June 11, 2009

Children increasingly targeted by cigarette industry

The Jakarta Post , Jakarta | Mon, 06/08/2009 11:10 AM | National

Children and teenagers are prone to be the main target of the cigarette industry, medical doctors, professors, and activists said Saturday.

Speaking in a discussion on the need for picture warnings on cigarette packs, they agreed that as the third biggest consumer of cigarettes in the world (according to the World Health Organization 2008 data), Indonesia needed to more intensely protect children and adolescents.

They strongly proposed warnings in the packages had to include images of the dangers of smoking and its effects, such as lung cancer, mouth cancer and strokes.

The speakers said pictures would be more effective than words.

"The cigarette industry targets children and adolescents, for they are future smokers," said M. Joni, deputy head of the National Commission on Child Protection.

According to the Central Statistical Agency, a high incidence of smoking is found in children between 15 and 19 years old, with an increase of 12.9 percent in 2001 to 17 percent in 2004.

"Just look at cigarette advertisements, they never use old people, they use young, healthy teen idols," Joni said in the discussion, which was held by the Tobacco Control Support Center (TCSC) in cooperation with the Indonesian Association of Public Health Experts.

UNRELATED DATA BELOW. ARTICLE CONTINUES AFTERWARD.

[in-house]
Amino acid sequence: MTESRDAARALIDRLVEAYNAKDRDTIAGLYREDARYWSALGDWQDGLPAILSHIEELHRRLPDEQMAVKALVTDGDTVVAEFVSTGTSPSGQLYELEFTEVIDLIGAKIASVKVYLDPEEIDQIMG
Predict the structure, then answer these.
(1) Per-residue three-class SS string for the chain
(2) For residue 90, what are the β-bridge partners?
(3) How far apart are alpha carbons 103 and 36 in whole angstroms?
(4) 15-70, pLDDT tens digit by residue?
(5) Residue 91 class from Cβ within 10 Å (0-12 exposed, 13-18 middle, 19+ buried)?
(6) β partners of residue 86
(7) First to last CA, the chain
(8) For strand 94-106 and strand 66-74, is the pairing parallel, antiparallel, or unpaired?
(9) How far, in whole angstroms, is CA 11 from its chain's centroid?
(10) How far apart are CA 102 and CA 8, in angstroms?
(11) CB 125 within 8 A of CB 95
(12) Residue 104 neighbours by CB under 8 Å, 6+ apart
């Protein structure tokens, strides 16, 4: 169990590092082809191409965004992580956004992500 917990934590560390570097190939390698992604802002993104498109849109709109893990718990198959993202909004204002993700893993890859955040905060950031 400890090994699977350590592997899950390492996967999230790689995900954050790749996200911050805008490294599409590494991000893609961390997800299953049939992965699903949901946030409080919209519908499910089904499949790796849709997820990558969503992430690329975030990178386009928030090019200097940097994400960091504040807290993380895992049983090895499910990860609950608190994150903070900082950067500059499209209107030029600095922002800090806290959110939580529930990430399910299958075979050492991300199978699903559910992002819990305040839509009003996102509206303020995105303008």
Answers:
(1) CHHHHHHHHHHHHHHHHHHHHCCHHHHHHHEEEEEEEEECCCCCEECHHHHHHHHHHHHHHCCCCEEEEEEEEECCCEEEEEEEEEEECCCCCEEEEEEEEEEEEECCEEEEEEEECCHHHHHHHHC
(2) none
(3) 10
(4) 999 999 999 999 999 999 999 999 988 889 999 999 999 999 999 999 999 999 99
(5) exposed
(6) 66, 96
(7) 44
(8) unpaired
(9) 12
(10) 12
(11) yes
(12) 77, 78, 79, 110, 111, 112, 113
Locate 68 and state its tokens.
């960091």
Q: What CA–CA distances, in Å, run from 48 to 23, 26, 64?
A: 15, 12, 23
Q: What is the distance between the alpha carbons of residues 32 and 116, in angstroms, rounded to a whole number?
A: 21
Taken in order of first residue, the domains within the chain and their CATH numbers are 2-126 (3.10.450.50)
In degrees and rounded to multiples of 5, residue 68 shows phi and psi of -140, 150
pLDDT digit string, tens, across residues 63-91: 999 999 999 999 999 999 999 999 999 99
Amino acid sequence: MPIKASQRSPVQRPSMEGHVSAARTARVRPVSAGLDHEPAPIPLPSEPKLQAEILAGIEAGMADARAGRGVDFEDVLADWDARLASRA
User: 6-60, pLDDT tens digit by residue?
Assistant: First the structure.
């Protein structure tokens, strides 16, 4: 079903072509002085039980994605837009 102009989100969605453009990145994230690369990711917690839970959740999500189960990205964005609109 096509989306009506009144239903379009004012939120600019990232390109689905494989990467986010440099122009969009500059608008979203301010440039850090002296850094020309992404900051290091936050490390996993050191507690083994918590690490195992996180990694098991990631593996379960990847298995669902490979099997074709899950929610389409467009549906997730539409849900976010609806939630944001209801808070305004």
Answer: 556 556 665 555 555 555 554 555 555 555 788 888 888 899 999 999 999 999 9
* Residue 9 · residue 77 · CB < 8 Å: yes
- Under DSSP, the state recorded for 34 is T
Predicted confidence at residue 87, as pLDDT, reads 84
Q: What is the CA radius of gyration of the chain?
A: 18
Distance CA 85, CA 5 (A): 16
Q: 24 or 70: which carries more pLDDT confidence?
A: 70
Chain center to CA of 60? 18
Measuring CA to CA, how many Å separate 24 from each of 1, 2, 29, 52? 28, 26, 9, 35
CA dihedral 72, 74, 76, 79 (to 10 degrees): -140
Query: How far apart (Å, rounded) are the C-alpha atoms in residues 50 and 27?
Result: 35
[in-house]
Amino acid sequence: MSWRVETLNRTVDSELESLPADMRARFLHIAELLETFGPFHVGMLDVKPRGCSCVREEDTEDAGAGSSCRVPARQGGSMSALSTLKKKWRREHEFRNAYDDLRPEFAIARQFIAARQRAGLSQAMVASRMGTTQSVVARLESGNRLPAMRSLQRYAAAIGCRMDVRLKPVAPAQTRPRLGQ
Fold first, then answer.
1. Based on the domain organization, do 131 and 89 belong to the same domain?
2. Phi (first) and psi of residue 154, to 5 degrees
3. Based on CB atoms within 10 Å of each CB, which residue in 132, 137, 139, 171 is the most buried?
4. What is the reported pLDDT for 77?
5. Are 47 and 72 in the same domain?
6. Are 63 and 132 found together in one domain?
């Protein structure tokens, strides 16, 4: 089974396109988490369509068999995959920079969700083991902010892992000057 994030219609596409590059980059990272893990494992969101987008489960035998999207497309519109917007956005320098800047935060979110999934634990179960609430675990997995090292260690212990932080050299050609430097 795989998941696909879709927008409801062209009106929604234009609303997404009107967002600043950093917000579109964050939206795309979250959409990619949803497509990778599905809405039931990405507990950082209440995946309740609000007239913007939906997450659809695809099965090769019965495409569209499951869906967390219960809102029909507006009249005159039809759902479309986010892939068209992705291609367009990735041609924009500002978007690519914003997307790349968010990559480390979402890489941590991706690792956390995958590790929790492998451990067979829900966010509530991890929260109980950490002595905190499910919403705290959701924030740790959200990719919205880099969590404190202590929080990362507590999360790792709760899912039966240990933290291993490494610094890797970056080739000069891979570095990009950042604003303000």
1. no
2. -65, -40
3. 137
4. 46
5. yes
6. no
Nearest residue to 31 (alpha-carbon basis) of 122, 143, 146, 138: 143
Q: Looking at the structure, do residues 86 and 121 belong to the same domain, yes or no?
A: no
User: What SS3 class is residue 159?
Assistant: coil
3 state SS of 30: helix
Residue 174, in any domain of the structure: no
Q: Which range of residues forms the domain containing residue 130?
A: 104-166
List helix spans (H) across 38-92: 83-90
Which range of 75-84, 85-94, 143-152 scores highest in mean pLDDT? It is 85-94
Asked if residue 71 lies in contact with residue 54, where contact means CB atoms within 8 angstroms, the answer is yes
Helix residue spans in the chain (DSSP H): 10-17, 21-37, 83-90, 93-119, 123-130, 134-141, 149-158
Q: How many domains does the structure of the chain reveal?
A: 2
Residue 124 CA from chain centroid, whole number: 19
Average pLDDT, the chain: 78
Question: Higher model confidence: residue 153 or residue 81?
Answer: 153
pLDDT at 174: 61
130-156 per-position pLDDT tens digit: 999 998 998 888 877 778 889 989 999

Lung cancer patients are also getting younger, from an average of 19 years old in 1995 to 17 in 2004, according to the TCSC.

Farid Anfasa Moeloek, head of the National Commission on Tobacco Control, said two important things in controlling cigarettes were the government's political will and regulations that really protected the public, especially on cigarette distribution, cigarette advertisements, and the distribution of information on the dangers of nicotine.

Indonesia is the only Asian country that has not ratified the FCTC - the WHO's Framework Convention for Tobacco Control.

Although Indonesia had contributed to the drafting of the FCTC in Geneva, the government has yet to ratify the convention.

The clauses brought by Indonesia and used in FCTC included protection for children under 20 years old, increasing tax from 70 to 80 percent, advertising regulations and health warnings.

Farid said the increased tax could be used for public health programs.

"With the current 37 percent tax, the government can have about Rp 54 trillion. This should be used to address smokers' health problems."

"If cigarette taxes are increased, more funds would be available to provide public health insurance.

"And it's not the industry who will pay for it. It would come from the public, in form of higher prices of cigarettes." (iwp)

References: Children increasingly targeted by cigarette industry, The Jakarta Post, 6/8/2009; Tobacco Seducing More Young People, Jakarta Globe, 5/29/2009.